The Legal Affairs Committee of the European Outsourcing Association France (EOA) published a white paper on Cloud Computing on December the 9th, drafted by a working group made up of legal experts from major companies (Orange, Thalès, Suez Environnement and Atosand Steria) and outside consultants under the supervision of Rémy Bricard, founding member of the EOA and Partner at Baker & McKenzie in Information Technology and Communications. The EOA is an association specializing in sourcing issues (outsourcing in particular) that was founded in 2005. Its mission is to advise corporate heads and operational staff on these issues by informing them specifically about best practices.

The report focuses on the impact the Cloud has had on companies’ decision-making process and offers a series of highly practical tips to help business divisions avoid exposing their companies to new risks. Cloud development has liberated business divisions from IT and legal departments when it comes to setting up their projects. While the Cloud offers a number of advantages such as simplicity, flexibility, efficiency and productivity gains, it also creates new risks like data loss and ends up creating new divides between departments.

Implementing a Cloud project forces businesses to make key technical, organizational and legal choices, especially when it comes to data security, confidentiality, localization and integration. “Business divisions – which can now set up proprietary Cloud projects without anyone’s help – must be made aware of the importance of incorporating the entire company into their thought process. We have built a veritable toolkit with them in mind, so by asking themselves the right questions they can ensure they don’t miss a key facet of the project and create new risks for the company from the outset”, explained Rémy Bricard.

Using an original and pragmatic approach consisting in identifying 51 highly practical questions that business divisions about to roll out a public Cloud project must ask themselves, the EOA’s Legal Affairs Committee has presented companies with 6 major recommendations:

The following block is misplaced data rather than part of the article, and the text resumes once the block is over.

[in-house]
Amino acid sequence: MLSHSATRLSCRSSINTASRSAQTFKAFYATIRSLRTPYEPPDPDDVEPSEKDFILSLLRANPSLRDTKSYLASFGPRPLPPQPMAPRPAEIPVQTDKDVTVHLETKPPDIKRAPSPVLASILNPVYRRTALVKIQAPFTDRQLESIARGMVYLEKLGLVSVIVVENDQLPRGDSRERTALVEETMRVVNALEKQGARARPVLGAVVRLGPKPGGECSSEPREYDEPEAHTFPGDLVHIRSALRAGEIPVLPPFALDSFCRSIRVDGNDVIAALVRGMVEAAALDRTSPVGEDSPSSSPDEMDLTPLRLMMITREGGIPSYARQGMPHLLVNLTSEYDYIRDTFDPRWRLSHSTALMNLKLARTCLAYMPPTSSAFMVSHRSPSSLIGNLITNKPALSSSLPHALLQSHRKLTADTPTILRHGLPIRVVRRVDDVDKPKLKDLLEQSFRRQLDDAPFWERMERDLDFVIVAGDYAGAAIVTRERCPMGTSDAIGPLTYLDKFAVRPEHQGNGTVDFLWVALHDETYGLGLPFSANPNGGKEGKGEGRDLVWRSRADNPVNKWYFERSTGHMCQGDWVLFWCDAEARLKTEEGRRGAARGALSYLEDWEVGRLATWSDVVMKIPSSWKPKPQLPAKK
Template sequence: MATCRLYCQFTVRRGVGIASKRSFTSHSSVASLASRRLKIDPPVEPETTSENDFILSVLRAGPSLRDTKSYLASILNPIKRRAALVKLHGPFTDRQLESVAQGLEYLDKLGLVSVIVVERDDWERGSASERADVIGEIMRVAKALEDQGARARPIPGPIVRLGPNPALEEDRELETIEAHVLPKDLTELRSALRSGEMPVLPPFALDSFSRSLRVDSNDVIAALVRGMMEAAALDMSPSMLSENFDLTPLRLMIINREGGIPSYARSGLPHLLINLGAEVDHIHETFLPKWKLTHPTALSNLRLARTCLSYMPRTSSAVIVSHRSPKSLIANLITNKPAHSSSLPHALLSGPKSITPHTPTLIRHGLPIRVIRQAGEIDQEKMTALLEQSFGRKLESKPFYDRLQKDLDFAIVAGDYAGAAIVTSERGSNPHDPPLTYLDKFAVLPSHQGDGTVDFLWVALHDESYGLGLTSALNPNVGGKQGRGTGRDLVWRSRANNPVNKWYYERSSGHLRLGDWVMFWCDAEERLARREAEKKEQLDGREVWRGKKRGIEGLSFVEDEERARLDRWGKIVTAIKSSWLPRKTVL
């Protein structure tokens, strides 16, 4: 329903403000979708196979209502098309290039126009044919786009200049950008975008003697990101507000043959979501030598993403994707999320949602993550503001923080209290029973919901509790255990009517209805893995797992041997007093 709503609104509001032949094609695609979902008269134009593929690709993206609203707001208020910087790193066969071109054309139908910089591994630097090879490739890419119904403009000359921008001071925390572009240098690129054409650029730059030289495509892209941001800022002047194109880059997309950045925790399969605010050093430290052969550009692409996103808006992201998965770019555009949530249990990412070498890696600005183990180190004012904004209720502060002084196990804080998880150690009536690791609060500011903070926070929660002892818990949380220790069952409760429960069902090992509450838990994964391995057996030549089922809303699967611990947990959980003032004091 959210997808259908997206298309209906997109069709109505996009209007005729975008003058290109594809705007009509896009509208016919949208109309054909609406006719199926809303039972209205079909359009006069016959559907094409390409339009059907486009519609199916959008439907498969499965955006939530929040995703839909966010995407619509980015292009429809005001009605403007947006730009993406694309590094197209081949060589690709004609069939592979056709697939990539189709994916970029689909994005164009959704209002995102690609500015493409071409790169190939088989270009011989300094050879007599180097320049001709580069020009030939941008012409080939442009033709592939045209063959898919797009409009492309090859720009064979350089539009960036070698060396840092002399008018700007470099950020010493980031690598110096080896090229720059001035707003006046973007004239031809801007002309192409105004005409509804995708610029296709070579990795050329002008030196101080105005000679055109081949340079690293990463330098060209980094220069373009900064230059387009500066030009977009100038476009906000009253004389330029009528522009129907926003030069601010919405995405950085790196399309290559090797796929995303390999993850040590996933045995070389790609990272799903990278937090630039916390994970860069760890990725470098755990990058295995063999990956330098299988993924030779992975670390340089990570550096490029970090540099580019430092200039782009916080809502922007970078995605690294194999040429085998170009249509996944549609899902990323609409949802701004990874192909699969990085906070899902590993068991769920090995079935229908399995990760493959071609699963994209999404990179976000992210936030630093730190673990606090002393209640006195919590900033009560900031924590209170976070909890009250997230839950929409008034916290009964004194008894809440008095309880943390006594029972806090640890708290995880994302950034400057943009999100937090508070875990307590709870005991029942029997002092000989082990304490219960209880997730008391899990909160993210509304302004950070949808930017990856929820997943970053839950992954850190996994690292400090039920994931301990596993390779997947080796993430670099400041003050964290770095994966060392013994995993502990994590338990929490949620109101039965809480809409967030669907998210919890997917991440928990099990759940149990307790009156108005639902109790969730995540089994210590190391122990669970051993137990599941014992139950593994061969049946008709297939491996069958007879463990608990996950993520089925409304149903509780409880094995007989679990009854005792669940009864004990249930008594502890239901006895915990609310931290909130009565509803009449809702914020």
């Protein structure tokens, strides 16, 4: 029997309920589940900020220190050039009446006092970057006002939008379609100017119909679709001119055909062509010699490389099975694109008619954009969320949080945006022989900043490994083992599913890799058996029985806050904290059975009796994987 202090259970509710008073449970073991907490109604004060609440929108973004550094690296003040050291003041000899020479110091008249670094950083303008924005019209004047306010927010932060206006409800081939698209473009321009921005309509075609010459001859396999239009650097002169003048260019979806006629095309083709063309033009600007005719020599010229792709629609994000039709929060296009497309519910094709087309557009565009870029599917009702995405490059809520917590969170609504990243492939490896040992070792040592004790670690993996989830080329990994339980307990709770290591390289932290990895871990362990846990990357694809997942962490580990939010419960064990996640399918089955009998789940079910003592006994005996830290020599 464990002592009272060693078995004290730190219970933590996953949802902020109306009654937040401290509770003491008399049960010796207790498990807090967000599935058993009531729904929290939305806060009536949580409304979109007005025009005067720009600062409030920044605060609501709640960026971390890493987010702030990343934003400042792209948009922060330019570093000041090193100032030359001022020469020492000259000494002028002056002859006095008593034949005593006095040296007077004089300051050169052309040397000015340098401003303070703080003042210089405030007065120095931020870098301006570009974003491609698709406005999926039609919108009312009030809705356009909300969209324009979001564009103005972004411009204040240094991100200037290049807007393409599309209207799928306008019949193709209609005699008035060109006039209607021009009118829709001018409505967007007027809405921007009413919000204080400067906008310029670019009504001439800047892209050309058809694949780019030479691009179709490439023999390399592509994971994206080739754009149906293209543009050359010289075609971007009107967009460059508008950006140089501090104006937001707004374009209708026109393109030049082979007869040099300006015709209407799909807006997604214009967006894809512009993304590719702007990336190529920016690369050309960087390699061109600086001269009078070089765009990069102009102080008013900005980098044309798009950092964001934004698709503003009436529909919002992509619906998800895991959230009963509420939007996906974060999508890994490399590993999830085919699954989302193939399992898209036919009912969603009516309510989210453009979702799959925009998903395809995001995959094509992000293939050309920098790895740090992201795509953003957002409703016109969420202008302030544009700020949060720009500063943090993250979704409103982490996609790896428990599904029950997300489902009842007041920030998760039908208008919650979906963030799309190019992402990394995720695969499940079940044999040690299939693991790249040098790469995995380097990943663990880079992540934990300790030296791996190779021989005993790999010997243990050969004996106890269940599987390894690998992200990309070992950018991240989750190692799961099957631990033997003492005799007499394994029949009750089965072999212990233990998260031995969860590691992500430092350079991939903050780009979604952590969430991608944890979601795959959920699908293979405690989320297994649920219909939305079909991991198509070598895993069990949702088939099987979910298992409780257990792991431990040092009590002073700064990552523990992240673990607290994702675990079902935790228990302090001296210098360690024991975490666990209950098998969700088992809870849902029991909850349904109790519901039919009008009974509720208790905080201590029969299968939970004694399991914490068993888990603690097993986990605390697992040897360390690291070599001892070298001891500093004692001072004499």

1. Ask yourself whether the company’s strategy is compatible with the strategy of the Cloud services provider.
  2. Ensure that the Cloud service the company plans to use is clearly understood and meets the need that has been identified.
  3. Think about how the Cloud will be incorporated into the company’s IT system.
  4. Protect the data the company has in the Cloud. Avoid handing over control because the company is responsible for legal obligations, not the service provider.
  5. Make sure the company possesses the rights to do what it wants with the Cloud, i.e., verify it has the rights it needs to use the various software implemented by the service providers.
  6. Ensure the company retains access to its data independent of the technology used by the service provider and make sure they can be migrated to another service provider. This implies implementing clauses covering reversibility, data destruction, audit and interoperability capacity.

In the era of Big Data, where we’ve barely scratched the surface of the value creation potential that could be leveraged by all the data that companies accumulate, EOA is encouraging companies, specifically business departments, not to tackle their Cloud projects alone and skip the rest of the organization.

The White Paper can be downloaded at EOA - Livre Blanc Cloud Computing 2013